Equity, instalment sale contract and questions of law at the authorization stage
On April 19, 2023, in Banque de Montréal c. Chevrette, the Court of Appeal rendered a noteworthy decision on the scope of section 148 of the Consumer Protection Act (“CPA”)1 and the pricing of goods under instalment sale contract. The decision was rendered in connection with a consumer class action against two financial institutions, a manufacturer and distributors of motor vehicles (collectively, the “appellants”) seeking to sanction the inclusion of a trade-in vehicle’s negative equity when calculating the sale price of a new vehicle under such a contract.
In addition to its teachings on the scope, interpretation and limits of section 148 CPA, the decision is an important reminder that a court ought to decide a question of law at the authorization stage if the outcome of the class action depends on it.
The plaintiffs applied for authorization to institute a class action after entering into instalment sales contracts for the purchase of motor vehicles with the financial institutions. During financing, the balance still owed by the plaintiffs on their trade-in vehicles (negative equity) was added to the total sale price, raising the value of the new contracts in a manner allegedly contrary to section 148 CPA:
148. The contract of instalment sale must relate only to goods sold on the same day.
The plaintiffs maintained that including the negative equity of a trade-in vehicle in an instalment sale contract for a new vehicle constitutes illegal “refinancing” of a debt.2
B. Superior Court judgment
The Superior Court, per Justice Nancy Bonsaint, acknowledged that the issue of whether section 148 CPA prohibits including negative equity on a trade-in when financing a new vehicle is a pure question of law to be decided immediately.
However, the Superior Court refused to deal with this issue at the authorization stage, holding that the class action was not predicated solely on this question and that regardless of the answer, the question would have no bearing on the plaintiffs’ second cause of action alleging that the appellants had used illegal business practices.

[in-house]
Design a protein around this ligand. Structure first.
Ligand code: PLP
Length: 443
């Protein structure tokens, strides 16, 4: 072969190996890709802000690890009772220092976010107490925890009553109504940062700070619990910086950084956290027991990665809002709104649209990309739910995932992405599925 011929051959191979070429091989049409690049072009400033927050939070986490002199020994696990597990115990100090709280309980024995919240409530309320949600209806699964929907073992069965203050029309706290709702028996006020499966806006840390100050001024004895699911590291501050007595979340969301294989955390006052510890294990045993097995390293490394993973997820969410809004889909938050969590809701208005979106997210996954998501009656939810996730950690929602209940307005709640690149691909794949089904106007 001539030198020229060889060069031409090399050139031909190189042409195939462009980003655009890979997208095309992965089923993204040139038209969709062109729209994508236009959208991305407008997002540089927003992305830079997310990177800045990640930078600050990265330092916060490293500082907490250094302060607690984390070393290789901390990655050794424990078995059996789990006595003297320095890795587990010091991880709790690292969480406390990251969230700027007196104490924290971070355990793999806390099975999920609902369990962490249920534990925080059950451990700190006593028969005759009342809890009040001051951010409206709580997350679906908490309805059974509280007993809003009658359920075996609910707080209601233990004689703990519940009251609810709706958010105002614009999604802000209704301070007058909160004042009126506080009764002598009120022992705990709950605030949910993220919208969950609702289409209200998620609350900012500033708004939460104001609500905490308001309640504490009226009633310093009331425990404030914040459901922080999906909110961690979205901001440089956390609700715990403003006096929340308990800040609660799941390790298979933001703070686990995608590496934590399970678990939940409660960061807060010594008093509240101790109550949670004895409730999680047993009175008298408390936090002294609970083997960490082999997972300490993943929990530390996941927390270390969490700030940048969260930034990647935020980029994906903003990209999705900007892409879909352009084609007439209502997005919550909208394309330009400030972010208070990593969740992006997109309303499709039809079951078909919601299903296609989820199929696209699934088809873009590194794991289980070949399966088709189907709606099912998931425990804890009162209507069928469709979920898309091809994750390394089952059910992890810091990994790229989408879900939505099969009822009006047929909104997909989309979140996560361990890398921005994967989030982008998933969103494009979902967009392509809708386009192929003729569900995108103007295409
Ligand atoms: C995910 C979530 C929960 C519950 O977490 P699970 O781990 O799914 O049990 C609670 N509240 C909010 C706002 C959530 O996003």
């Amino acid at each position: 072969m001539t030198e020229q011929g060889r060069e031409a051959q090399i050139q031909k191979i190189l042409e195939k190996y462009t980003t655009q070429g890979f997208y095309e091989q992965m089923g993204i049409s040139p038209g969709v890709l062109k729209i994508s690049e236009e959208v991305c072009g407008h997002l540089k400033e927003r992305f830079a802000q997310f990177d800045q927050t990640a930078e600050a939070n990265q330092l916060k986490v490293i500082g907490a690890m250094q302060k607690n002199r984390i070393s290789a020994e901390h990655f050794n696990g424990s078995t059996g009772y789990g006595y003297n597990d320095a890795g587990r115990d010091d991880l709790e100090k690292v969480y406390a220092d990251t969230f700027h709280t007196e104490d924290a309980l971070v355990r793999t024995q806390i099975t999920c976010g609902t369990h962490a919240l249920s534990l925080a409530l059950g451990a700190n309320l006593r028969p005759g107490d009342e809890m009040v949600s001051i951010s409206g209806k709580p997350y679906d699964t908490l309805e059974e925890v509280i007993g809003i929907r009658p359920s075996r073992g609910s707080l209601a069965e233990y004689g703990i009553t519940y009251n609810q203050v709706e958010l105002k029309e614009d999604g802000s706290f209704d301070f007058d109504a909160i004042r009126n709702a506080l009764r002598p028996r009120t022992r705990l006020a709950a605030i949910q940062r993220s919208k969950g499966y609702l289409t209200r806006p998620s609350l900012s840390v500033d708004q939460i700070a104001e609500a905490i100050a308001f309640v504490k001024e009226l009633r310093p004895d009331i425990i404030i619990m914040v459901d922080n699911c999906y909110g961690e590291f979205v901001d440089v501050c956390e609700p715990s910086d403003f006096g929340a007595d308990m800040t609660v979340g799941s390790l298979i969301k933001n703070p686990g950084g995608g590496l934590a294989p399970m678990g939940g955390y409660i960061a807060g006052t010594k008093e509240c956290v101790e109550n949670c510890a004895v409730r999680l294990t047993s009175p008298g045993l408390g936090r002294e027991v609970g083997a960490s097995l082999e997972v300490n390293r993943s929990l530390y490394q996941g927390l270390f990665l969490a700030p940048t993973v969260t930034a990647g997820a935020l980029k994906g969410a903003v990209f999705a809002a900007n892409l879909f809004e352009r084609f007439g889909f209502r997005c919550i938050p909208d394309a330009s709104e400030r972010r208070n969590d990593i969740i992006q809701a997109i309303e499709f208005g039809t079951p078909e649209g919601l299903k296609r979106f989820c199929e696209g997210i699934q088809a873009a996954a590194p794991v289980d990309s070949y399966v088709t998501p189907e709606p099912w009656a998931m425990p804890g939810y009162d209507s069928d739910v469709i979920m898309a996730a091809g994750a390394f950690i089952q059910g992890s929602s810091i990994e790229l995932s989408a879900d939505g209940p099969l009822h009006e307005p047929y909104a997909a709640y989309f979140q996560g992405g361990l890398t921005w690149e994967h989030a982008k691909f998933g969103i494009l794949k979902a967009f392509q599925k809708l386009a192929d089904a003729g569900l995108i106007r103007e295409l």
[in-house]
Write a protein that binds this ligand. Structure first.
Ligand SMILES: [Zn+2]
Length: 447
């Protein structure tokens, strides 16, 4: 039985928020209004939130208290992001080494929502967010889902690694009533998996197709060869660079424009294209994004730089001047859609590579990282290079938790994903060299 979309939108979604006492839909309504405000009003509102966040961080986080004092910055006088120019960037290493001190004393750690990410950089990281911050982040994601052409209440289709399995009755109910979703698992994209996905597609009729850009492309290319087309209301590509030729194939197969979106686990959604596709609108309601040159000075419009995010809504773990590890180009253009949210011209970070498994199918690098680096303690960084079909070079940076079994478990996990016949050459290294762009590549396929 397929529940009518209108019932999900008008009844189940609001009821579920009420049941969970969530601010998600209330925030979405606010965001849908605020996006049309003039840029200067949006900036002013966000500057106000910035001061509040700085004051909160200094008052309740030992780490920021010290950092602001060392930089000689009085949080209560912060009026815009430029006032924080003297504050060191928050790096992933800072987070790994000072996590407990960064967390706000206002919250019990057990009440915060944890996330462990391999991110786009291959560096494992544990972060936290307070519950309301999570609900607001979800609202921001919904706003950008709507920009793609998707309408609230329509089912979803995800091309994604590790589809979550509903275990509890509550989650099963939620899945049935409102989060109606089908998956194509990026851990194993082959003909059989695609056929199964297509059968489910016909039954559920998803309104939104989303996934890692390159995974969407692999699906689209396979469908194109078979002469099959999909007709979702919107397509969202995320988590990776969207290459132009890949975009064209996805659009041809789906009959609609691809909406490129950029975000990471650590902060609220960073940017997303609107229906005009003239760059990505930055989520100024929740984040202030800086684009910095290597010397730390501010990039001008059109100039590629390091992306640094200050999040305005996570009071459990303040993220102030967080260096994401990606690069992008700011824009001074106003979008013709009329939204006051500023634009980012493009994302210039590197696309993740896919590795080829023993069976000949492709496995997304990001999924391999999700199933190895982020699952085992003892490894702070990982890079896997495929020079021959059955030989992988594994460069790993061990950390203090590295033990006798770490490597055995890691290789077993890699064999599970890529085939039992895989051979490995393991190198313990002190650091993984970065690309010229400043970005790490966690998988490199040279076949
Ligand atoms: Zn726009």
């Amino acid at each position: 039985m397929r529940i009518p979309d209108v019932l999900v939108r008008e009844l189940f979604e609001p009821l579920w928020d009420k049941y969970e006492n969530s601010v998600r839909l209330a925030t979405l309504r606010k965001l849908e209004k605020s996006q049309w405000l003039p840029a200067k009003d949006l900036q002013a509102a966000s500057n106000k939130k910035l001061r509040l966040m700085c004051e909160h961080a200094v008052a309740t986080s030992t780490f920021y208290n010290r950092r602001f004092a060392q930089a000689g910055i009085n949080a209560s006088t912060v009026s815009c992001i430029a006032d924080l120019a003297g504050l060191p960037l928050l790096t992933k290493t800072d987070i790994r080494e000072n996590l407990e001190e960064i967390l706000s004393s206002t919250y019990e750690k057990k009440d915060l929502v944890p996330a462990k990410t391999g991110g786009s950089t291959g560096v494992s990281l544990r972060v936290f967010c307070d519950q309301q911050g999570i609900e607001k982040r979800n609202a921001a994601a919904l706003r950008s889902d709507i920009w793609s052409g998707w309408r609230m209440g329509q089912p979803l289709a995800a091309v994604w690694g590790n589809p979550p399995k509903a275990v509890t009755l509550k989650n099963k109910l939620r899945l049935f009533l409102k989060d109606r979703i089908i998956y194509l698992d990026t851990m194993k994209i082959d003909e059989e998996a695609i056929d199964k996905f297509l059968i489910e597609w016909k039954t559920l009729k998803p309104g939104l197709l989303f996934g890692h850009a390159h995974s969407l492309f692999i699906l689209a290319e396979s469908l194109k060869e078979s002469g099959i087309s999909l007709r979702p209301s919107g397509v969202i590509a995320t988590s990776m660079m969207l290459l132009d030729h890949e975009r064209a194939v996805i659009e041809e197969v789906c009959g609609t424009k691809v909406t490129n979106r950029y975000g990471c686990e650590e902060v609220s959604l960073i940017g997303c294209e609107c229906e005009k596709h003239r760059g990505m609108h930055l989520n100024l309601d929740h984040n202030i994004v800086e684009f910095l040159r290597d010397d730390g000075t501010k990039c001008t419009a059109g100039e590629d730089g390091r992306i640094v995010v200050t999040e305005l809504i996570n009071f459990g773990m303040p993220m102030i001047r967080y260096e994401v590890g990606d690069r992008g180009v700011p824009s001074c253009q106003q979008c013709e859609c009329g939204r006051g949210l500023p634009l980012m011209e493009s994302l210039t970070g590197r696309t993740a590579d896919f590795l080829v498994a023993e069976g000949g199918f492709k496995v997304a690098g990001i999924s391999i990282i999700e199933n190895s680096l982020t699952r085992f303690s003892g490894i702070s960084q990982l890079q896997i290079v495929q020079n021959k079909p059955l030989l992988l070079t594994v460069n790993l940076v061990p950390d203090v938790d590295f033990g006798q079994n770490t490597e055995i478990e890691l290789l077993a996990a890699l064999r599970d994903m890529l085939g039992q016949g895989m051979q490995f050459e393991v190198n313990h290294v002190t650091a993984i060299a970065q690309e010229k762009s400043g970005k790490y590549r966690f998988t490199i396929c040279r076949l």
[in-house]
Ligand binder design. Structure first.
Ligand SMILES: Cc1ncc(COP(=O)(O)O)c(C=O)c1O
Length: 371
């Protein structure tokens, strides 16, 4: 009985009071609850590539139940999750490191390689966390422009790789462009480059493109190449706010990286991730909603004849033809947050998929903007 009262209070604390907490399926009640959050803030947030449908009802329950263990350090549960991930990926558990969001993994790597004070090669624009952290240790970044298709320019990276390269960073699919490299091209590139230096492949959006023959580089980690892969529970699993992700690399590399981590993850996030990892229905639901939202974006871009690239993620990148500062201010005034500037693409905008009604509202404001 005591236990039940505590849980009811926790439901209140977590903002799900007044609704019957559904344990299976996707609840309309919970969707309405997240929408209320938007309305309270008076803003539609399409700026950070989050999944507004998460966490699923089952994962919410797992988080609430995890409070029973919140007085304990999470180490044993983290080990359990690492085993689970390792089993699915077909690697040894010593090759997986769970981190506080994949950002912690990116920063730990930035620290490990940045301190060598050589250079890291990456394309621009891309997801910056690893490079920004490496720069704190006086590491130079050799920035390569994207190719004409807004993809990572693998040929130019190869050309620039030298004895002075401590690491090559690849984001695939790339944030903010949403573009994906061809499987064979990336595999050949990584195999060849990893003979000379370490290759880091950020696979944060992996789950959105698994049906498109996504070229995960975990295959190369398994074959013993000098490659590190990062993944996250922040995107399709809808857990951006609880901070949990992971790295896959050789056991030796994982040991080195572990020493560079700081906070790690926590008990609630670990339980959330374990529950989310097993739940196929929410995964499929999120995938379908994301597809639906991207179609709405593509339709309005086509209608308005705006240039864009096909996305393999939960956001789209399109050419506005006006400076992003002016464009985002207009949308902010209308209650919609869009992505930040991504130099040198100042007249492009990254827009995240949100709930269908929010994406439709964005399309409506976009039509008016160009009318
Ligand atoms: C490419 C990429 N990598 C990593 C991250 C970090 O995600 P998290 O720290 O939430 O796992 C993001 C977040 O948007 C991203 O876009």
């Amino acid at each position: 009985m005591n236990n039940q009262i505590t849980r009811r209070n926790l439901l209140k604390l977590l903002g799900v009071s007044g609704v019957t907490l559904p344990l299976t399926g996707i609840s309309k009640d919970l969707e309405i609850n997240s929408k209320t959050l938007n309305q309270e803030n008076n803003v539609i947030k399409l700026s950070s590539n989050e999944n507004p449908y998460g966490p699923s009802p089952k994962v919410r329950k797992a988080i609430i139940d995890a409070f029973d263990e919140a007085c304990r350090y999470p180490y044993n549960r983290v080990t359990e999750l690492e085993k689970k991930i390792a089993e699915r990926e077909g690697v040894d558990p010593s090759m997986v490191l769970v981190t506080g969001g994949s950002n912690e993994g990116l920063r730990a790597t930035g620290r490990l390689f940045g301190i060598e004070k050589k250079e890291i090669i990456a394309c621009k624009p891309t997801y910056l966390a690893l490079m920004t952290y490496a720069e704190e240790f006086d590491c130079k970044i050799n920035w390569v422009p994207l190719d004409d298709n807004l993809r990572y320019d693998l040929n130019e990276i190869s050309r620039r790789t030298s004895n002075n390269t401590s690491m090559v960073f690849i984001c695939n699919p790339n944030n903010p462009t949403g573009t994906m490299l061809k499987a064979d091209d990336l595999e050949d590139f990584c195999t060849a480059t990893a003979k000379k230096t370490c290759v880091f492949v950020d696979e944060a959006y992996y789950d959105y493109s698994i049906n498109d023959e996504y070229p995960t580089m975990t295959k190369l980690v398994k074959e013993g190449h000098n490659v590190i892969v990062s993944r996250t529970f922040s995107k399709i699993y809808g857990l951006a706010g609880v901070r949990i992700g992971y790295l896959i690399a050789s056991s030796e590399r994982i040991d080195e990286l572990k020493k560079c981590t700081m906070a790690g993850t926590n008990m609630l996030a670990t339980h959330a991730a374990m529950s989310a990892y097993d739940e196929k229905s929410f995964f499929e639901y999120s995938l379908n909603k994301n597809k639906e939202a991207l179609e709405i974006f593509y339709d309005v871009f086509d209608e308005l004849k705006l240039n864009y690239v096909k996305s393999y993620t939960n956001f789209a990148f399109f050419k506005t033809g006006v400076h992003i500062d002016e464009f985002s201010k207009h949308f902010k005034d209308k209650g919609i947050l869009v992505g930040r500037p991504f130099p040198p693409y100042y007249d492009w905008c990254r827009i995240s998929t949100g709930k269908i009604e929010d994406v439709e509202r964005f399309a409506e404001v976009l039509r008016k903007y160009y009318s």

The Superior Court ruled that the plaintiffs had successfully established an arguable case under section 148 CPA, and deferred the question of law to the merits stage:
 Moreover, if “refinancing” is not prohibited by section 148 C.P.A., we would still have to consider whether the defendants’ business practices comply with sections 219, 224 and 229 C.P.A. In other words, a yes on the first question at issue doesn’t necessarily entail a yes on the second question. Since the second question is not a pure question of law, it must be examined on the merits, in light of the alleged facts and the applicable law. In short, an affirmative answer to the first question at issue does not decide the outcome of the entire class action.
 Given that here, the question of law does not decide the outcome of the entire class action, the Court, in its discretion, defers this question to the merits stage and holds that the plaintiff’s proposed legal syllogism regarding a violation of section 148 C.P.A. constitutes an “arguable case”.
The Superior Court then turned to the second cause of action, disregarding the fact that the plaintiffs had withdrawn their arguments under sections 219 and 228 CPA. It held that the plaintiffs’ allegations that they had signed contracts containing inaccurate information, or that they had not been informed of the refinanced amount and credit charges, ought to be taken as proven. The Superior Court added that these allegations support the conclusion that the information in the contracts might not comply with the business practices set out in the CPA. Here too, the Superior Court deemed that the plaintiffs had an arguable case.